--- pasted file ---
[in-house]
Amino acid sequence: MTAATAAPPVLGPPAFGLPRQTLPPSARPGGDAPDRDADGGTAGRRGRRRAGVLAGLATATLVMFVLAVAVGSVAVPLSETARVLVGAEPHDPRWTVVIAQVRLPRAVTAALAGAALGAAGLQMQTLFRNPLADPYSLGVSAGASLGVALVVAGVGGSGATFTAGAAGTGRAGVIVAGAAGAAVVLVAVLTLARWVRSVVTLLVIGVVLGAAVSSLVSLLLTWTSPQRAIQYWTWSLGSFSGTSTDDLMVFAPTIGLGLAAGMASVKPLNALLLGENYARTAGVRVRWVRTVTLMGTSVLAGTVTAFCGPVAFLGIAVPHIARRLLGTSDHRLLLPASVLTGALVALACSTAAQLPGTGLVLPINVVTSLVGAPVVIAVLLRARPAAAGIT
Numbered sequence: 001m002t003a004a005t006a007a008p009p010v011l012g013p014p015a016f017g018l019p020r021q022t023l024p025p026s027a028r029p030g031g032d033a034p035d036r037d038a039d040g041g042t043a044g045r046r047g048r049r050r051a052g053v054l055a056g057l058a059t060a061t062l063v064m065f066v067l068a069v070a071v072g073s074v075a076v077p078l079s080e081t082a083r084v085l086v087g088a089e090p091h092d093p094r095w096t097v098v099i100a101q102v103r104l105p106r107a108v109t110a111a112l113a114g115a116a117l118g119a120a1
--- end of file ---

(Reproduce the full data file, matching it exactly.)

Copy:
[in-house]
Amino acid sequence: MTAATAAPPVLGPPAFGLPRQTLPPSARPGGDAPDRDADGGTAGRRGRRRAGVLAGLATATLVMFVLAVAVGSVAVPLSETARVLVGAEPHDPRWTVVIAQVRLPRAVTAALAGAALGAAGLQMQTLFRNPLADPYSLGVSAGASLGVALVVAGVGGSGATFTAGAAGTGRAGVIVAGAAGAAVVLVAVLTLARWVRSVVTLLVIGVVLGAAVSSLVSLLLTWTSPQRAIQYWTWSLGSFSGTSTDDLMVFAPTIGLGLAAGMASVKPLNALLLGENYARTAGVRVRWVRTVTLMGTSVLAGTVTAFCGPVAFLGIAVPHIARRLLGTSDHRLLLPASVLTGALVALACSTAAQLPGTGLVLPINVVTSLVGAPVVIAVLLRARPAAAGIT
Numbered sequence: 001m002t003a004a005t006a007a008p009p010v011l012g013p014p015a016f017g018l019p020r021q022t023l024p025p026s027a028r029p030g031g032d033a034p035d036r037d038a039d040g041g042t043a044g045r046r047g048r049r050r051a052g053v054l055a056g057l058a059t060a061t062l063v064m065f066v067l068a069v070a071v072g073s074v075a076v077p078l079s080e081t082a083r084v085l086v087g088a089e090p091h092d093p094r095w096t097v098v099i100a101q102v103r104l105p106r107a108v109t110a111a112l113a114g115a116a117l118g119a120a1